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UC Merced Biologist Seeks Answers About Miscarriage and Infection

December 1, 2004

MERCED — As many as one-third of all human pregnancies are said to end in miscarriage, and it's possible that 50 percent of those miscarriages occur because of inflammation due to infection. David Ojcius, a professor in the School of Natural Sciences at UC Merced, is planning a project to study the processes that cause miscarriages in mothers who are infected with sexually transmitted diseases.

Ojcius recently received a grant of $207,500 from the National Institutes of Health (NIH) and the National Institute of Allergy and Infectious Diseases (NIAID) to study how the body's immune response to infections may cause miscarriage.

“Professor Ojcius' work is important to the San Joaquin Valley because of high rates of sexually transmitted disease and teenage pregnancy,” said UC Merced's Vice Chancellor for Research, Keith Alley. “His research should ultimately contribute to better health for women in our region and throughout the world.”

Ojcius will perform the study with help from a research assistant whose salary will be funded by the grant. They will focus on Chlamydia trachomatis infection because that pathogen is clearly known to cause miscarriage. Although it is difficult to study miscarriages in humans, previous studies have indicated that pregnancies in mice infected with chlamydia almost always end too soon. Studies of fetuses lost in those miscarriages indicate that the fetuses were not infected with the pathogen. That means that inflammation due to infection in the mother's reproductive tract was the actual cause of pregnancy loss.

“Professor Ojcius' study to address the role of infection in miscarriage has broad implications for human health,” said Maria Pallavicini, Dean of Natural Sciences at UC Merced, in response to news of the grant. “Funding from NIH and NIAID is a prestige award, reflecting the outstanding caliber of research carried out at UC Merced.”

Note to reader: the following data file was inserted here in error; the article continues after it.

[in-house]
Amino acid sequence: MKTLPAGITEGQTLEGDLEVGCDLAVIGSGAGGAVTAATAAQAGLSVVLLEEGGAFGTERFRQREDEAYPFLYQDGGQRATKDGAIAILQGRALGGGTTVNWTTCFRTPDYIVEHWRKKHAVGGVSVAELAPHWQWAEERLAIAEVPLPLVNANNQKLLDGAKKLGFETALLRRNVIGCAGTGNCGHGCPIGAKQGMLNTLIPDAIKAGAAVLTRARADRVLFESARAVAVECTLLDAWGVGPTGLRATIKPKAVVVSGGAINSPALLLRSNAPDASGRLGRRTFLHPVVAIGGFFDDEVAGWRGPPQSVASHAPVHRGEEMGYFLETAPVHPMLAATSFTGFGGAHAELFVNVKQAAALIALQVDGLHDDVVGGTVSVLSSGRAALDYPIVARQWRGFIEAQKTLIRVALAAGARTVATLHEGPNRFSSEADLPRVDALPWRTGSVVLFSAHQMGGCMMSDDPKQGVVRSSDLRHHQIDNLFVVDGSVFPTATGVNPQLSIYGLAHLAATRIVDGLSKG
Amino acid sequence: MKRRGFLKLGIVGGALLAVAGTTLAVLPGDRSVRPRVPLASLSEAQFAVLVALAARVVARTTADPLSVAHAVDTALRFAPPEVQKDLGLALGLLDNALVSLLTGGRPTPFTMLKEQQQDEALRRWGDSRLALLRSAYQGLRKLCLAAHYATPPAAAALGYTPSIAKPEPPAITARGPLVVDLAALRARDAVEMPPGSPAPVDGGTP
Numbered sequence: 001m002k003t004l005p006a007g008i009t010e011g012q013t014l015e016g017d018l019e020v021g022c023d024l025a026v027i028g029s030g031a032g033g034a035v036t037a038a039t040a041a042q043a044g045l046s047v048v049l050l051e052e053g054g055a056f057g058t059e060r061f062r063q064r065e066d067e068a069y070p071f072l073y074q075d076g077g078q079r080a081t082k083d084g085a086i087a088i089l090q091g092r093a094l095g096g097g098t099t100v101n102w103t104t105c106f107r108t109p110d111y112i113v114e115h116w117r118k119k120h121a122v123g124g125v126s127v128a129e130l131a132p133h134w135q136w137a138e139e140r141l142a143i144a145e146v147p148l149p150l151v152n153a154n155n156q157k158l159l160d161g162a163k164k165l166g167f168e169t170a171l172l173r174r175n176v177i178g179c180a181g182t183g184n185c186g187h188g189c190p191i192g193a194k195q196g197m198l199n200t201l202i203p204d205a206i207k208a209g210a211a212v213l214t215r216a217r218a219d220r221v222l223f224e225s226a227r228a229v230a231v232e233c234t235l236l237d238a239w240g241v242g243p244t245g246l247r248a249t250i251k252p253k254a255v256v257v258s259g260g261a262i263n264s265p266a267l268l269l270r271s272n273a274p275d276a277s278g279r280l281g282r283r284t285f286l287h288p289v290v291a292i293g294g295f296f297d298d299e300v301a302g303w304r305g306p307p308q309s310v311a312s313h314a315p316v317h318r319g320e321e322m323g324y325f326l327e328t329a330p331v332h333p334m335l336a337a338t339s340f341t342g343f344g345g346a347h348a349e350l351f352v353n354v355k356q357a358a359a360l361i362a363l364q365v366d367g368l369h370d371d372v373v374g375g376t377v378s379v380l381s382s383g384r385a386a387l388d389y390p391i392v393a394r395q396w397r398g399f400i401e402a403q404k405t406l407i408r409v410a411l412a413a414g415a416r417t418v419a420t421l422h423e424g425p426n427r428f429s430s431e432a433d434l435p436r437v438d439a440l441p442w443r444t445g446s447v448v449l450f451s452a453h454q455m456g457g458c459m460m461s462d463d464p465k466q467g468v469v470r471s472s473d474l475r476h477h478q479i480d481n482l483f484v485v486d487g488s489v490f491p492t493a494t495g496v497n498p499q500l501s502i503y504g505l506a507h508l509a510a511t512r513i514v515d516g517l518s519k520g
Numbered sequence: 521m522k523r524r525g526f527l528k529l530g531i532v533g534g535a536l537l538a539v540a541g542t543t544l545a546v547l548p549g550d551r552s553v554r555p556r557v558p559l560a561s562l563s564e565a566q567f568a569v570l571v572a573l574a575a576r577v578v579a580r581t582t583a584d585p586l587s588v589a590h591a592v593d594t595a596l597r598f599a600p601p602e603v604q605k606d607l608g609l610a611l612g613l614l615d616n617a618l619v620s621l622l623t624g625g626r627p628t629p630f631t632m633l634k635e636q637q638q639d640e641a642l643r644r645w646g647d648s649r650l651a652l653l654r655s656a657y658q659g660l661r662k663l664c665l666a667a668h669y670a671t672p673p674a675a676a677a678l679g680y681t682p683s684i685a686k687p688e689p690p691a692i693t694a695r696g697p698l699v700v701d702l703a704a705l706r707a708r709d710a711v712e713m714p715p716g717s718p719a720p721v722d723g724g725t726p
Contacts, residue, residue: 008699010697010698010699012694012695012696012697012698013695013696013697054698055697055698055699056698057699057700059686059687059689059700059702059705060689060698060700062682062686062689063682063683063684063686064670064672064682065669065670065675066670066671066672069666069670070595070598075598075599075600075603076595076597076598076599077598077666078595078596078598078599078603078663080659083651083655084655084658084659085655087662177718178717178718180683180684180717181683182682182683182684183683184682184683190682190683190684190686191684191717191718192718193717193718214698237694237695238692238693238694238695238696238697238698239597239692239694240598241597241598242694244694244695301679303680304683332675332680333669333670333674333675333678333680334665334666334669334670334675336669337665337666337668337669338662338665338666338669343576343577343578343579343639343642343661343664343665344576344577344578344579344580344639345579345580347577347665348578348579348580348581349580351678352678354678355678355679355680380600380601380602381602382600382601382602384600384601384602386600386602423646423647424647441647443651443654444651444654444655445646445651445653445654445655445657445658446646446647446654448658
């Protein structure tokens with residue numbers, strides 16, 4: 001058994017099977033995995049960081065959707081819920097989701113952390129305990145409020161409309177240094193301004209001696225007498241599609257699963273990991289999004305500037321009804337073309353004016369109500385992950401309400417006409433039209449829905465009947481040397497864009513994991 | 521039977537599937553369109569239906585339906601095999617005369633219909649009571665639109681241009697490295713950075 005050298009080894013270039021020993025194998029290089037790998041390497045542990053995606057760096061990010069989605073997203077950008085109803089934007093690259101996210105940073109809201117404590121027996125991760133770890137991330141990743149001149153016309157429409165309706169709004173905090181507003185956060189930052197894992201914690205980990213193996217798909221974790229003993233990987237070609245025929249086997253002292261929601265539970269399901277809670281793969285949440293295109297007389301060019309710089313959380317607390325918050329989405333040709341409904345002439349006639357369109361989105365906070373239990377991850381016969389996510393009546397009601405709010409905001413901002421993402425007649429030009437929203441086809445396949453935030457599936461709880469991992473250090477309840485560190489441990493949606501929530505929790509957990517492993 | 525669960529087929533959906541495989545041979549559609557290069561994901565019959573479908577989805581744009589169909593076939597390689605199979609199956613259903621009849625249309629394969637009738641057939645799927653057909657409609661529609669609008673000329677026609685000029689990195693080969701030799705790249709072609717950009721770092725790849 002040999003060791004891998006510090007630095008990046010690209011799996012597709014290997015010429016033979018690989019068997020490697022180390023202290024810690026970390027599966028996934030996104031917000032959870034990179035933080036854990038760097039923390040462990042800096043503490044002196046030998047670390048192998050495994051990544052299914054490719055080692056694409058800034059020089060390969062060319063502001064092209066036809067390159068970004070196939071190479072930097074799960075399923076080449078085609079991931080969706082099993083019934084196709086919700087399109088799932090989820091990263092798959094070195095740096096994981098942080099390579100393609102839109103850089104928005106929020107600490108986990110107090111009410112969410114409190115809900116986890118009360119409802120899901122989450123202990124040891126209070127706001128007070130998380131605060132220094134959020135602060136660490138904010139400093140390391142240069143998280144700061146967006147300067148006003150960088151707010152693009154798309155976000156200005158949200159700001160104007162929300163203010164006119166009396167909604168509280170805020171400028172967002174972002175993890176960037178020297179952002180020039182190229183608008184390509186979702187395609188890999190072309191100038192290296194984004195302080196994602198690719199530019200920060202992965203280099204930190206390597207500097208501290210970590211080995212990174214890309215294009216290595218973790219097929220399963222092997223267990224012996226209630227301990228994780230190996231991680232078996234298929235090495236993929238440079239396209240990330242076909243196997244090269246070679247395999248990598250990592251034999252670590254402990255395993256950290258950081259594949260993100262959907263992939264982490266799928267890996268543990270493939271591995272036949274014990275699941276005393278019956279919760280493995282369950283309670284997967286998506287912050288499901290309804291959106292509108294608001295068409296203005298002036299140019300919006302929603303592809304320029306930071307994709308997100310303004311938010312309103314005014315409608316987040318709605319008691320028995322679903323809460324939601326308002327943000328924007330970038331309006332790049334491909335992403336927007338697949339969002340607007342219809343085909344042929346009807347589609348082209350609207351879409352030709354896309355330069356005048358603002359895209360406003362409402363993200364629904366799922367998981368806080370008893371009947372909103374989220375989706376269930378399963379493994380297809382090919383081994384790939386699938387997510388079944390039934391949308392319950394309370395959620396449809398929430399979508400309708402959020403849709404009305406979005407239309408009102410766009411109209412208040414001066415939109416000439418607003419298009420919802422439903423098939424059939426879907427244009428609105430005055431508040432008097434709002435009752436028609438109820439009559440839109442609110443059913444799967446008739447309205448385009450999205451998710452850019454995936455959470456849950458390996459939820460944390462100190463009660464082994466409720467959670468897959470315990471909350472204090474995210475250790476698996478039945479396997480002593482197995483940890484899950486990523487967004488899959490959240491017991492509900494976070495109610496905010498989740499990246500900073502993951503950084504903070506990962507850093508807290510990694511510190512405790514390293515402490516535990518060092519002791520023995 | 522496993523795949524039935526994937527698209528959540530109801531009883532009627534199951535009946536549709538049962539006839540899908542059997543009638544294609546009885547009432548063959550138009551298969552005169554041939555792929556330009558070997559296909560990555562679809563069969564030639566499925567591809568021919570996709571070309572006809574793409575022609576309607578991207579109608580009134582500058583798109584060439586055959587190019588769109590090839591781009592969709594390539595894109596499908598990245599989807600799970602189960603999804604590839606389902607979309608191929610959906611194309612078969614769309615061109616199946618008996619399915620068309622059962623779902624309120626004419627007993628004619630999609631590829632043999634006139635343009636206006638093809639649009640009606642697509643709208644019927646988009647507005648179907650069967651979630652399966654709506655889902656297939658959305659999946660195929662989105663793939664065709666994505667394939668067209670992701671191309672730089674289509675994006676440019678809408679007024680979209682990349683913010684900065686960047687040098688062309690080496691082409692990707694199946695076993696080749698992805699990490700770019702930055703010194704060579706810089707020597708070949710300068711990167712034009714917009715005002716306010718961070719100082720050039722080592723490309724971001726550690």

Ojcius has many years of experience studying chlamydia, including 12 years at the Pasteur Institute in France. This grant is his first since leaving that institution, where he notes that funding worked very differently - all lab employees were civil servants, so grants were smaller and shorter-term.

“It is much easier to plan long-term research projects here in the United States,” Ojcius said. He arrived at UC Merced in July 2004 as a member of the founding faculty, a move that was a sort of homecoming, as he grew up in the San Joaquin Valley and graduated from Turlock High School.

The study funded by the new grant will focus on the actual mechanisms by which chlamydia causes inflammation, damages tissue and leads to pregnancy loss. It will be carried out on mice, which is the standard way to proceed in this field of research. Ojcius plans to consider two separate components of the immune system: the adaptive immune system and the innate immune system. Adaptive immunity recognizes antigens such as bacteria or viruses and fights them with specialized antibodies. This is the system by which many humans become immune to chickenpox, for example, after having the illness. Innate immunity, on the other hand, provides a much faster response, using more general immune-system cells to attack and eliminate any antigens foreign to the body. When the body uses this system, surrounding tissues are often inflamed and damaged. For instance, when a cut becomes infected and inflamed, the innate immune system is at work.

“We tend to assume that miscarriages would be caused by 'immune rejection' of the fetus by the mother due to antibody problems, but there's no convincing evidence of that,” Ojcius explained. “The mother's adaptive immune system actually recognizes the fetus and tolerates it.”

That's another reason Ojcius thinks it must be the innate immune system - the inflammation of the body trying to fight off infection - causing miscarriages. This project will test that theory.

In addition to the salary of the research assistant, the grant will cover purchase of equipment and supplies necessary to complete the study, Ojcius said.

UC Merced, the 10th campus of the University of California system and the first major research university to be built in the United States during the 21st century, is scheduled to open in fall 2005 with 1,000 students, ultimately growing to a student population of 25,000. A select group of graduate students began work at UC Merced in August 2004. The university has a special mission to serve the educational needs of San Joaquin Valley residents, and is already serving area students through partnerships with community colleges, outreach programs and UC summer session courses offered in Fresno, Bakersfield and Atwater. UC Merced currently employs more than 250 educators and other professionals who are working to develop the physical and academic infrastructure of the campus.